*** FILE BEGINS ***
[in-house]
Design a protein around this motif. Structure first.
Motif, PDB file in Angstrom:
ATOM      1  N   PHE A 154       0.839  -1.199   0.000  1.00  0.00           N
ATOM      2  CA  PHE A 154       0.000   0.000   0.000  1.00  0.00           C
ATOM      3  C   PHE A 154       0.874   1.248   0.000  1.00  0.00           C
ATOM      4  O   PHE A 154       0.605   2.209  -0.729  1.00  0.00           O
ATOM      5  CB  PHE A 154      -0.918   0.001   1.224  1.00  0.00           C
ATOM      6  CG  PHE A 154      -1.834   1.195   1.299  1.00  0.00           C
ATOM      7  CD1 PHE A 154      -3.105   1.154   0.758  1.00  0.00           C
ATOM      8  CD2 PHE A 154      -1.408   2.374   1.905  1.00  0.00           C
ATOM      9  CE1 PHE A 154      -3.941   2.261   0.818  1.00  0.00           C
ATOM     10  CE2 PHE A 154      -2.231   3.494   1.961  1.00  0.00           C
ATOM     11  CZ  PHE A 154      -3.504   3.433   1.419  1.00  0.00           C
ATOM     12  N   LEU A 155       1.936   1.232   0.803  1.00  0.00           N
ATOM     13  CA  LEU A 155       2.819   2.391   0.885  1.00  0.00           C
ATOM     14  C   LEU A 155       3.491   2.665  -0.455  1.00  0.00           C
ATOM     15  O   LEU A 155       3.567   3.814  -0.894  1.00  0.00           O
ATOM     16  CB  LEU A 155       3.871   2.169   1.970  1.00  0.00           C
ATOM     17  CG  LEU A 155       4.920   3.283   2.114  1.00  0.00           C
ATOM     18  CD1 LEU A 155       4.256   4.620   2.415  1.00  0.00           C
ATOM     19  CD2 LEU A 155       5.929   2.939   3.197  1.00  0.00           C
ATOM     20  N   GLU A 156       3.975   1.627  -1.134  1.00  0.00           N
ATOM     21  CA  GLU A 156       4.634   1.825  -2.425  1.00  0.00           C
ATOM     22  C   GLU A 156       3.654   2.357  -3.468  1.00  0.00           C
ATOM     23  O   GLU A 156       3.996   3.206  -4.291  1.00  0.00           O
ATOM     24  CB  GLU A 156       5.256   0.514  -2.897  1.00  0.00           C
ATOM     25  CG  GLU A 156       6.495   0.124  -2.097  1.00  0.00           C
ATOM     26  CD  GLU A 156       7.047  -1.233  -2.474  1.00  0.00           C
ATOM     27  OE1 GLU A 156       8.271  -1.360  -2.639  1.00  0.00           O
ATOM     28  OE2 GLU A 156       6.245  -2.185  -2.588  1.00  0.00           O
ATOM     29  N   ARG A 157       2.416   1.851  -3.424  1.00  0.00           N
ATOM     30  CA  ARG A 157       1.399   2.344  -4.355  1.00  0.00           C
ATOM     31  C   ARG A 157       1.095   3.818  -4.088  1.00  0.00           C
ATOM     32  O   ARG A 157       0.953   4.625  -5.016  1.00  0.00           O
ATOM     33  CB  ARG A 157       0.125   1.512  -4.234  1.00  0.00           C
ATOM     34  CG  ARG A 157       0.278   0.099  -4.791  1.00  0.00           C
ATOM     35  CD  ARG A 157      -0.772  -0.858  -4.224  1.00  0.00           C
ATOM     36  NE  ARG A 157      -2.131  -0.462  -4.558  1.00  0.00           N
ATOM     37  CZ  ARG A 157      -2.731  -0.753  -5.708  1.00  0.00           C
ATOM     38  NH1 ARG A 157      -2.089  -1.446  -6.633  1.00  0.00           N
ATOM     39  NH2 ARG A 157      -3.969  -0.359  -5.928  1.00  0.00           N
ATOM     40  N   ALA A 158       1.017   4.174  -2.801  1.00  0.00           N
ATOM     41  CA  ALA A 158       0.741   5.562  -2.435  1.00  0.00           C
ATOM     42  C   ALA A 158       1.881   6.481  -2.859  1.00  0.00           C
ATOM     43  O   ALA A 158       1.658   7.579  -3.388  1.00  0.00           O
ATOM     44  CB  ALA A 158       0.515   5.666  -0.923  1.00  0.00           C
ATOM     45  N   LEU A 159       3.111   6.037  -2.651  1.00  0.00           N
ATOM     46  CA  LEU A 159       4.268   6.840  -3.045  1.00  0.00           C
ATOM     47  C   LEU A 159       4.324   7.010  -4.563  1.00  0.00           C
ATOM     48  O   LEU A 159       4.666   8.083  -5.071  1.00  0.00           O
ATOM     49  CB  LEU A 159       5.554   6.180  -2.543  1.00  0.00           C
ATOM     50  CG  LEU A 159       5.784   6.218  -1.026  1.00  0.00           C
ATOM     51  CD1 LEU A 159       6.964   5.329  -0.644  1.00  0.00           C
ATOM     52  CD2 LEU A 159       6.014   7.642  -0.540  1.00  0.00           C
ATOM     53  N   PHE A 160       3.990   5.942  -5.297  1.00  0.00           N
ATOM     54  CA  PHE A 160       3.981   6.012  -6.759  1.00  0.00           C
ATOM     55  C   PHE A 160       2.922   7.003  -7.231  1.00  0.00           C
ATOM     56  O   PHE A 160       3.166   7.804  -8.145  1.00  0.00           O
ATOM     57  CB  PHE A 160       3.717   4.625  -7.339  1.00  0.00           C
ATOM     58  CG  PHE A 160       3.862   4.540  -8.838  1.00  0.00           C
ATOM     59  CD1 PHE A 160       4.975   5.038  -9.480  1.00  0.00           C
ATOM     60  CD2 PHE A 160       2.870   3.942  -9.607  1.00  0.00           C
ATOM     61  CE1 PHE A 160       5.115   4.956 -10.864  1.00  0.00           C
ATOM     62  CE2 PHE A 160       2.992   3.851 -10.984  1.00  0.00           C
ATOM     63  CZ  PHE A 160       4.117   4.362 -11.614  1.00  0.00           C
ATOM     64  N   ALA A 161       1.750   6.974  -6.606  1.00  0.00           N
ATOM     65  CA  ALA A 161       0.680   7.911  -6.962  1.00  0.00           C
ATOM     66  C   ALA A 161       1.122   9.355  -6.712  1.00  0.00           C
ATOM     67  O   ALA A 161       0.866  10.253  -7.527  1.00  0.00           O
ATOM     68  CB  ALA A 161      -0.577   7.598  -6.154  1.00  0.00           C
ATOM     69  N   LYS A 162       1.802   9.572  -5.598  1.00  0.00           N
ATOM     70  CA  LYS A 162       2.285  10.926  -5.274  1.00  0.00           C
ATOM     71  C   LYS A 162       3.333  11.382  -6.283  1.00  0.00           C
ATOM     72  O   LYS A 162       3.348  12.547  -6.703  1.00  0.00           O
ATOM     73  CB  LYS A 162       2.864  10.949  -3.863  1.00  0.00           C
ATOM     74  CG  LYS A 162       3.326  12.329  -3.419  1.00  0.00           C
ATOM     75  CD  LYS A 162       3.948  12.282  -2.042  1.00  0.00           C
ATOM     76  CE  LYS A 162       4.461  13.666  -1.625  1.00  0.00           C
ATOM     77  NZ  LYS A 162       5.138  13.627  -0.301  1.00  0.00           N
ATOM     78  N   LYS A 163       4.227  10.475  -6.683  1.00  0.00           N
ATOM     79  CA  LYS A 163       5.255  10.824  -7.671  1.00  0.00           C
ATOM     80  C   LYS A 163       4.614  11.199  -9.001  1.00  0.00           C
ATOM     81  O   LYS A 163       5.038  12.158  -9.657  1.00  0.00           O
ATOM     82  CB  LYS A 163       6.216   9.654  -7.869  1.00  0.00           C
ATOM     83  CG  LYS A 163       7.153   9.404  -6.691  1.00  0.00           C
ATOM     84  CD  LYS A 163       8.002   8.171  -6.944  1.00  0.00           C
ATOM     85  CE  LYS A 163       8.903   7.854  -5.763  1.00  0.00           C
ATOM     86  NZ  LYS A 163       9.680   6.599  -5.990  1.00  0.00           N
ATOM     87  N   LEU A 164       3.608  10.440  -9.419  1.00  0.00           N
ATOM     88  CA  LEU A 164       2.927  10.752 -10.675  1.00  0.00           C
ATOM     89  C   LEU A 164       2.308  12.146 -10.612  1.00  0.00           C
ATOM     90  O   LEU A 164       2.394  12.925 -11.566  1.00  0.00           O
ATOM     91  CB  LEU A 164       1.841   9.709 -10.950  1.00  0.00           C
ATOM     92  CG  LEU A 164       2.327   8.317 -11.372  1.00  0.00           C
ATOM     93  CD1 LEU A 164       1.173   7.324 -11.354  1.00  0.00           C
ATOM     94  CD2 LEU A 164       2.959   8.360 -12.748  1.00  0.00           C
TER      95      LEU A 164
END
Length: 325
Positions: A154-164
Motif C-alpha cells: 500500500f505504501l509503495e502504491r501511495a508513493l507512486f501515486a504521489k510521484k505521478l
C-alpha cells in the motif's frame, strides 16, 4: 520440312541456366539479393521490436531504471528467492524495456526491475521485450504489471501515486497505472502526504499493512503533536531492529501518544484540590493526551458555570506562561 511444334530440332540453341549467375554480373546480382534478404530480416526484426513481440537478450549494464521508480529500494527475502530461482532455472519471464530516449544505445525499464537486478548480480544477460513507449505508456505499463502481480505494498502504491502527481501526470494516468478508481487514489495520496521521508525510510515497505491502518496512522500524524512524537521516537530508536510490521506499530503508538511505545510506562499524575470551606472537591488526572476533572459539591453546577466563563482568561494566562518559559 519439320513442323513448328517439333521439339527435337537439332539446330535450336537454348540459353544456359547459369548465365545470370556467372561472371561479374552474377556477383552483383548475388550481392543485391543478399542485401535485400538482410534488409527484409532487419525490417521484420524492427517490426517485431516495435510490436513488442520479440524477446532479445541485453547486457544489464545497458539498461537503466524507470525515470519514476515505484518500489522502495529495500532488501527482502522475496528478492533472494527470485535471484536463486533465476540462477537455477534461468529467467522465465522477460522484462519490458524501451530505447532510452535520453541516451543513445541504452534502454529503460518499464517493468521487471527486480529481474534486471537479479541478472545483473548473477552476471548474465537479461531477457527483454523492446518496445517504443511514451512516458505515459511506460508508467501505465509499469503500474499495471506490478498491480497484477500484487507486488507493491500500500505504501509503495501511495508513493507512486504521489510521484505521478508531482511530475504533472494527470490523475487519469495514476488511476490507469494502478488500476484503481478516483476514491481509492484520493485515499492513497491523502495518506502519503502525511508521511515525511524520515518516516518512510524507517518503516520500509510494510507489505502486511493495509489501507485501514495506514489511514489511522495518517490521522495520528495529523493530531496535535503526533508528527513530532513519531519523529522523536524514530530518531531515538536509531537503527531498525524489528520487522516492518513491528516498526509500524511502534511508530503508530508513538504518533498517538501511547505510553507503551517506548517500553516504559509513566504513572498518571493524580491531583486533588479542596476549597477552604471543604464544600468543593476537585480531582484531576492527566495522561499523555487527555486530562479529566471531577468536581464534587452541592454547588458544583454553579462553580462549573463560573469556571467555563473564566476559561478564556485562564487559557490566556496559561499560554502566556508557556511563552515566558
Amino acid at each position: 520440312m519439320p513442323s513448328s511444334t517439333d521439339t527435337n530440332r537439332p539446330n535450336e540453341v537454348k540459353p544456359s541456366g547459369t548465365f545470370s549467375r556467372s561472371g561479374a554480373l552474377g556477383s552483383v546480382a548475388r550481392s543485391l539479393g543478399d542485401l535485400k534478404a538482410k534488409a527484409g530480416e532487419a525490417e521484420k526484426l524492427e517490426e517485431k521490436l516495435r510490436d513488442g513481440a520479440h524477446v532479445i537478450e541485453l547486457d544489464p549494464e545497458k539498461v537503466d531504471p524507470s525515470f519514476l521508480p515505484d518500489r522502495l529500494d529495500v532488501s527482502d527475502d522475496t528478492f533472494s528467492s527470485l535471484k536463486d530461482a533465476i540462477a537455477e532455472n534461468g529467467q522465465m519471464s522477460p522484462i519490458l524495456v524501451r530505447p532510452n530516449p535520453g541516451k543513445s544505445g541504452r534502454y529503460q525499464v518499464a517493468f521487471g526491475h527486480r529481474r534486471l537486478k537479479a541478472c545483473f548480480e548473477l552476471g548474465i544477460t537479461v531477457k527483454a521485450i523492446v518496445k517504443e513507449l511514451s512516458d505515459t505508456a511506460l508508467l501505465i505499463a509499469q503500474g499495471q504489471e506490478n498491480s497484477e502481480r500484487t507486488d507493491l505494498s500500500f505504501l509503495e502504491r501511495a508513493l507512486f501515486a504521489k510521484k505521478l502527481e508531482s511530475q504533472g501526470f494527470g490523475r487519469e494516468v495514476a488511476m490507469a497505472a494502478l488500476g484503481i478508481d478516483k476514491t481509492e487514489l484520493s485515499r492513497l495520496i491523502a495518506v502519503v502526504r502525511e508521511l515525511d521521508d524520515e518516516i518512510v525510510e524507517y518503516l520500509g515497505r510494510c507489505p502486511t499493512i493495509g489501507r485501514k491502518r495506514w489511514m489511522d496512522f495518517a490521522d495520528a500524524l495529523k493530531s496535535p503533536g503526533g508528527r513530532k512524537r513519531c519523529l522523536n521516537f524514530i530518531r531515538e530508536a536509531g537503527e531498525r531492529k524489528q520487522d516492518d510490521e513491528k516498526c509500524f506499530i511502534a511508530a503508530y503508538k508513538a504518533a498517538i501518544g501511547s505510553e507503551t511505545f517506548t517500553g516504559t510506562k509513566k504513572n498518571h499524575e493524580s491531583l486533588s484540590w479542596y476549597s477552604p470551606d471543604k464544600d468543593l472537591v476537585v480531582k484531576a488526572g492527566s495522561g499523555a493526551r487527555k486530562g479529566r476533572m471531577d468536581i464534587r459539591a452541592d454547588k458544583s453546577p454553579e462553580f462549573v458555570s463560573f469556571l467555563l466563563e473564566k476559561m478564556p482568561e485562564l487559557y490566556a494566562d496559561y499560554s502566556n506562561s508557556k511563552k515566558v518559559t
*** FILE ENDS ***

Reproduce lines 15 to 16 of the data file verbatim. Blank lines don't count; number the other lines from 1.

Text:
ATOM     12  N   LEU A 155       1.936   1.232   0.803  1.00  0.00           N
ATOM     13  CA  LEU A 155       2.819   2.391   0.885  1.00  0.00           C